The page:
2014 Paris Motor Show highlights

Solar Cell

Graduate student Miles Barr holds a flexible and foldable array of solar cells that have b...

We've been following MIT's progress on creating solar cell-coated paper since 2010, and we're excited to report the current findings of the project. What looks and feels like an ordinary sheet of paper with a fine layer of colored rectangles, is no ordinary piece of paper at all – once connected to a couple of wires, it instantly generates solar electricity. Additionally, the technology is almost as cheap and easy as printing a family snapshot from an inkjet printer. You can even fold it up, slip it in your pocket, then unfold it again for later use.  Read More

Solar Ivy captures the sun's energy whilst creating a pleasing visual aesthetic   (Image b...

Solar Ivy was inspired by traditional mansions, where ivy decorates the exterior walls and reflects the organic essence of nature. Created in collaboration with Brooklyn-based parent company SMIT, Solar Ivy is a series of solar cells printed with conductive ink that resemble ivy leaves. The leaves have been designed to be placed on the outside of residential or commercial buildings as a way of utilizing and absorbing solar energy, whilst also doubling as a shade screen.  Read More

Cross-sectional SEM image showing the various compounds of a new chalcopyrite solar cell c...

Traditional solar cell production techniques are usually time consuming and require expensive vacuum systems or toxic chemicals. Depositing chemical compounds such as CIGS on a substrate using vapor phase deposition also wastes most of the expensive material in the process. For the first time, engineers at Oregon State University (OSU) have now developed a process to create "CIGS" solar cells with inkjet printing technology that allows for precise patterning to reduce raw material waste by 90 percent and significantly lower the cost of producing solar cells with promising, yet expensive compounds.  Read More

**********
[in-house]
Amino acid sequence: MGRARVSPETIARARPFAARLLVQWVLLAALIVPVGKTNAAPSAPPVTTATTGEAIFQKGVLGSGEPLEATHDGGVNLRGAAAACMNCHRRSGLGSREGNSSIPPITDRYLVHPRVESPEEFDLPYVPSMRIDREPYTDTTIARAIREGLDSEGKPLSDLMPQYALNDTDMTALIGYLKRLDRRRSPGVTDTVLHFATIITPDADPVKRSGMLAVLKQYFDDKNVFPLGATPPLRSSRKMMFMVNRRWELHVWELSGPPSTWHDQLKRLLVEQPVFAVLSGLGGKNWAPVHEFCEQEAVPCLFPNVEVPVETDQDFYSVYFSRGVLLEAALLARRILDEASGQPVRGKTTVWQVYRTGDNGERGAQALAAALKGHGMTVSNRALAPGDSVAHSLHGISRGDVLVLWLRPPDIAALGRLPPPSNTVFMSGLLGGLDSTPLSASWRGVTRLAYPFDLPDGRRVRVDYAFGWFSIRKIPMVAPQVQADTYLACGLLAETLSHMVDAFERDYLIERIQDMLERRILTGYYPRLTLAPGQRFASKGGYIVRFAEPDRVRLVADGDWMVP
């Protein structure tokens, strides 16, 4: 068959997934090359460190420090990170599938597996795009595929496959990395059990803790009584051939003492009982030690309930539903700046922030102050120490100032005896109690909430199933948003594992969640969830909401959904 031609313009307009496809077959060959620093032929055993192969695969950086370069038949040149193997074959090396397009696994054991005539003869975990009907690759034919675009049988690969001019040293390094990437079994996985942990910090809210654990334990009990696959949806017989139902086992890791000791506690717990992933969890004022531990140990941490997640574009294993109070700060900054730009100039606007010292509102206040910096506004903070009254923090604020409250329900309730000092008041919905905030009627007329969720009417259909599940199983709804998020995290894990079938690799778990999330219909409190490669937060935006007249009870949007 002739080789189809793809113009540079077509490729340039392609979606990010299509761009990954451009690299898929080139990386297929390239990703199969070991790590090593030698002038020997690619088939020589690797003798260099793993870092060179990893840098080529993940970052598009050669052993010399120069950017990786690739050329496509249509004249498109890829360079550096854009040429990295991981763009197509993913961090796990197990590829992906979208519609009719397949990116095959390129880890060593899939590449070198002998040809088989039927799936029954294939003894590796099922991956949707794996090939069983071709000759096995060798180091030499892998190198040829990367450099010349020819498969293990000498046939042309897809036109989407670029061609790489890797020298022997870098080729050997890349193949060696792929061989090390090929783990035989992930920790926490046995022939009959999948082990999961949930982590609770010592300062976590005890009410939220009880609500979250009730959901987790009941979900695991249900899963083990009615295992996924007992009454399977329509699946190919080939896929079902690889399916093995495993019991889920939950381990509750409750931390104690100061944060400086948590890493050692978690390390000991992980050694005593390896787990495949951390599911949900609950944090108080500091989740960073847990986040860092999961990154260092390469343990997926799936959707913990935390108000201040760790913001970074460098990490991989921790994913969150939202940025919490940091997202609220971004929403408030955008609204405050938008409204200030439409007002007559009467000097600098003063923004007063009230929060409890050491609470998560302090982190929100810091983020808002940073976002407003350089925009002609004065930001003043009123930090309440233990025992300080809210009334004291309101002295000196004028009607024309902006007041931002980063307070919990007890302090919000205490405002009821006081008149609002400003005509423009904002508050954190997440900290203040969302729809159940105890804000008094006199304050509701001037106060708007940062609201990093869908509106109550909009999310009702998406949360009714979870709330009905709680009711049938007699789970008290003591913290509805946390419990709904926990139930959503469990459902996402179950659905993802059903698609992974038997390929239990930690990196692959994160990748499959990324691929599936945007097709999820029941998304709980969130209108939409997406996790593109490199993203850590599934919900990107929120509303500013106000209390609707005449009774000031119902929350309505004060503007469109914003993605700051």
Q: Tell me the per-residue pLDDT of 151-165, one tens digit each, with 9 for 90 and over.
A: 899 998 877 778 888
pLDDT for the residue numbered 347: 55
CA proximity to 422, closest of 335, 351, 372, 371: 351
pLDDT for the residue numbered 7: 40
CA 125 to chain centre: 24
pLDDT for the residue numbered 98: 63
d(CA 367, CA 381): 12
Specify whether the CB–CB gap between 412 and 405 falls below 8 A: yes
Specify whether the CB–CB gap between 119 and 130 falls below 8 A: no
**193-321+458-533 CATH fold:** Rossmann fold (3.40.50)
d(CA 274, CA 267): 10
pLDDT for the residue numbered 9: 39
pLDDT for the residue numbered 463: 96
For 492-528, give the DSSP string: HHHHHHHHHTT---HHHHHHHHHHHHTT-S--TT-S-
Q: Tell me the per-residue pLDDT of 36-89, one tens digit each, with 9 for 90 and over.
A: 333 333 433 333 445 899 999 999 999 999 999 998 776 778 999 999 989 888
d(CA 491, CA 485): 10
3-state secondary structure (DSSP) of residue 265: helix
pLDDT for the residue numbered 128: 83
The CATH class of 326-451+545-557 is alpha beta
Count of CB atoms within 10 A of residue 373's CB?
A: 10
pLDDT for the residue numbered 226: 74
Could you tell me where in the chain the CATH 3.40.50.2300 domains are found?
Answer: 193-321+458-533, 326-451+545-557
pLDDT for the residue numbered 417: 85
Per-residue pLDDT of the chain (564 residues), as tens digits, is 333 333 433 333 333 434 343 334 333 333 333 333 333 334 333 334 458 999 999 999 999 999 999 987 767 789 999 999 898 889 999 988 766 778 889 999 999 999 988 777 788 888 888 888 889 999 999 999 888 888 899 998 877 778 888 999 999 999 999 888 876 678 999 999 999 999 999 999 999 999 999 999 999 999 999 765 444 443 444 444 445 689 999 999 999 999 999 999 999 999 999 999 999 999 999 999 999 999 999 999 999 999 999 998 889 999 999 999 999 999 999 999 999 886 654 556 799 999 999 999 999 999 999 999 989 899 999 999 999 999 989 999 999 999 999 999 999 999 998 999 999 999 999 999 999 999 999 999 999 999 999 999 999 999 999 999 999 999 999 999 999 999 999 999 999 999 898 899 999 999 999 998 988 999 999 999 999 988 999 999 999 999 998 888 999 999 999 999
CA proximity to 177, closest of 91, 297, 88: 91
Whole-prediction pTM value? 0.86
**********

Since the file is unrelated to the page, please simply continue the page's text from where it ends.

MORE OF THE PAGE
Flexible thin film CIGS solar cell on polymer substrate developed at Empa (Photo: Empa)

Swiss researchers have claimed a new world record efficiency of 18.7% for flexible copper indium gallium (di)selenide (CIGS) solar cells on plastics. Flexible CIGS solar cells have the potential to drive down the price of solar electricity because they are cheaper to produce and this latest breakthrough brings them closer to the highest efficiency levels achieved by crystalline silicon and rigid CIGS cells.  Read More

The M13 virus consists of a strand of DNA (the figure-8 coil on the right) attached to a b...

Last year, researchers from the Massachusetts Institute of Technology (MIT) announced that they had successfully used carbon nanotubes for "funneling" and concentrating electrons in photovoltaic cells – this meant that smaller solar cells created using the nanotubes could produce as much or more electricity than larger conventional cells. Now, the efficiency of these nanotube solar cells is being boosted further ... with the help of a virus.  Read More

Wake Forest University researchers say a new solar thermal device could deliver up to 40 p...

Researchers at Wake Forest University have developed a new type of polymer solar-thermal device that combines photovoltaics with a system that captures the Sun's infrared radiation to generate heating. By taking advantage of both heat and light, researchers say the device could deliver up to 40 percent savings on the cost of heating, as well as helping reduce power bills by producing electricity.  Read More